On Containers

I’m here  to talk about boxes. Get excited.

I’ve been spending a LOT of time lately thinking about containers — fixing them, modelling them, figuring out what they are and aren’t supposed to do. And I’ve basically come to the conclusion that as a whole, we spend too much time futzing with containers because we haven’t spent enough time figuring out what they’re for and what they do.

For instance, I wrote a blog post a couple of months ago about work we’re doing to remediate stuff that should not but is happening with containers — barcodes being assigned to two different containers, two different container types with the same barcode/identifier information, etc. Considering the scale of our collections, the scale of these problems is mercifully slight, but these are the kinds of problems that turn into a crisis if a patron is expecting to find material in the box she ordered and the material simply isn’t there.

I’m also working with my colleagues here at Yale and our ArchivesSpace development vendor Hudson Molonglo to add functionality to ArchivesSpace so that it’s easier to work with containers as containers. I wrote a blog post about it on our ArchivesSpace blog. In short, we want to make it much easier to do stuff like assigning locations, assigning barcodes, indicating that container information has been exported to our ILS, etc. In order to do this, we need to know exactly how we want containers to relate to archival description and how they relate to each other.

As I’ve been doing this thinking about specific container issues, I’ve had some thoughts about containers in general. Here they are, in no particular order.

What are container numbers doing for us?

A container number is just a human-readable barcode, right? Something to uniquely identify a container? In other words, speaking in terms of the data model, isn’t this data that says something different but means the same thing? And is this possibly a point of vulnerability? At the end of the day, isn’t a container number  something that we train users to care about when really they want the content they’ve identified? And we have a much better system for getting barcodes to uniquely identify something than we do with box numbers?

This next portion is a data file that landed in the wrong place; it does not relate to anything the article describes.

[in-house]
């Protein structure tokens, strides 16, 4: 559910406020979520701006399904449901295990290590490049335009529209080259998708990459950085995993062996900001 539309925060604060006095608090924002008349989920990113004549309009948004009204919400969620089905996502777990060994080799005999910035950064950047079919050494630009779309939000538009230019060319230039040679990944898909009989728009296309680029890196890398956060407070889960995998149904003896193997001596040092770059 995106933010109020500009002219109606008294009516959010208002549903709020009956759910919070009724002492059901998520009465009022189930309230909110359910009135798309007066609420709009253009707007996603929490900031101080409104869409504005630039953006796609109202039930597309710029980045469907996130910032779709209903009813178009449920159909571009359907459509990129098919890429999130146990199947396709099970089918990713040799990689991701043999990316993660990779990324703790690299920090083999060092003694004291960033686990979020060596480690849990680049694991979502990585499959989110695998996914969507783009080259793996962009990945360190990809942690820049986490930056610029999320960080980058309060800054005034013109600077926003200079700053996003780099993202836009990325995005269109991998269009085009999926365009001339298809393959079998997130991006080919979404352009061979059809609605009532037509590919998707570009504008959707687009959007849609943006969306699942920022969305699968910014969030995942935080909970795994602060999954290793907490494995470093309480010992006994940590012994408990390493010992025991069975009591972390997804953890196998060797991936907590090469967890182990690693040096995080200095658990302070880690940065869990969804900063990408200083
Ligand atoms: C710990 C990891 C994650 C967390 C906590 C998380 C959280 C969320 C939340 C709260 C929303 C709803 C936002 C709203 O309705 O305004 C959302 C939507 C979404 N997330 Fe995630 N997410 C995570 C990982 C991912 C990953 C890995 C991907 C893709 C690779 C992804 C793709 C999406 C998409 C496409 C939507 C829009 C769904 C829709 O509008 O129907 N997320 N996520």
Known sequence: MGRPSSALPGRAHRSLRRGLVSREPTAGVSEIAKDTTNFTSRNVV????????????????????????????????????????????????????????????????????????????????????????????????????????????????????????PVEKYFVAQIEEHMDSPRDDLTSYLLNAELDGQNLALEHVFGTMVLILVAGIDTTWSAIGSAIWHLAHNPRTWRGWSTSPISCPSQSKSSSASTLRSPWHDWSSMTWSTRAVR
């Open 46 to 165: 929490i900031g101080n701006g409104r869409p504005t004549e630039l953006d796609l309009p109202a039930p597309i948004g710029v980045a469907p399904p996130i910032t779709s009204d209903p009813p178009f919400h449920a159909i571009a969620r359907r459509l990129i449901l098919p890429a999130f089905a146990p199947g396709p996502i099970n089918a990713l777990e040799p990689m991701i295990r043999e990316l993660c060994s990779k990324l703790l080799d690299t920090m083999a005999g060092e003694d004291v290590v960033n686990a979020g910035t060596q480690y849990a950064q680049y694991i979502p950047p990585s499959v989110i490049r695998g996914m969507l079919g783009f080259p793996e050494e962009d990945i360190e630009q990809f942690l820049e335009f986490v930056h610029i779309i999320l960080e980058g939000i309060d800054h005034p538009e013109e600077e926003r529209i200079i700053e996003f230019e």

In the days that humans were putting box numbers on a call slip and another human was reading that and using that information to interpret shelf location, it made sense to ask the patron to be explicit about which containers were associated with the actual thing that they want to see. But I think that we’ve been too good at training them (and training ourselves) to think in terms of box numbers (and, internally, locations) instead of creating systems that do all of that on the back end. Information about containers should be uniform, unadorned, reliable, and interact seamlessly with data systems. Boxes should be stored wherever is best for their size and climate, and that should be tracked in a locations database that interacts with the requesting database. And the actual information should be associated seamlessly with containers.

This means that instead of writing down a call number and box number and reading a note about how materials of this type are stored on-site and materials of another type are stored off-site, let’s take a lot of human error out of this. Let’s let them just click on what they want to see. Then, the system says “a-ha! There are so many connections in my database! This record is in box 58704728702861, which is stored in C-29 Row 11, Bay 2, Shelf 2. I’ll send this to the queue that prints a call slip so a page can get that right away!” And instead of storing box numbers and folder numbers in the person’s “shopping cart” of what she’s seen, let’s store unique identifiers for the archival description, so that if that same record get’s re-housed into box 28704728702844 and moved to a different location, the patron doesn’t have to update her citation in any scholarly work she produces. Even if the collection gets re-processed, we could make sure that identifiers for stuff that’s truly the same persists.

Also, don’t tell me that box numbers do a good job of giving cues about order and scale. There are waaaaaayyyyy better ways of doing that than making people infer relationships based on how much material fits into 0.42 linear feet.

We have the concepts. Our practice needs to catch up, and our tools do too.

Darn it, Archivists’ Toolkit, you do some dumb things with containers

Archival management systems are, obviously, a huge step up from managing this kind of information in disparate documents and databases. But I think that we’re still a few years away from our systems meeting their potential. And I really think that folks who do deep thinking about archival description and standards development need to insert themselves into these conversations.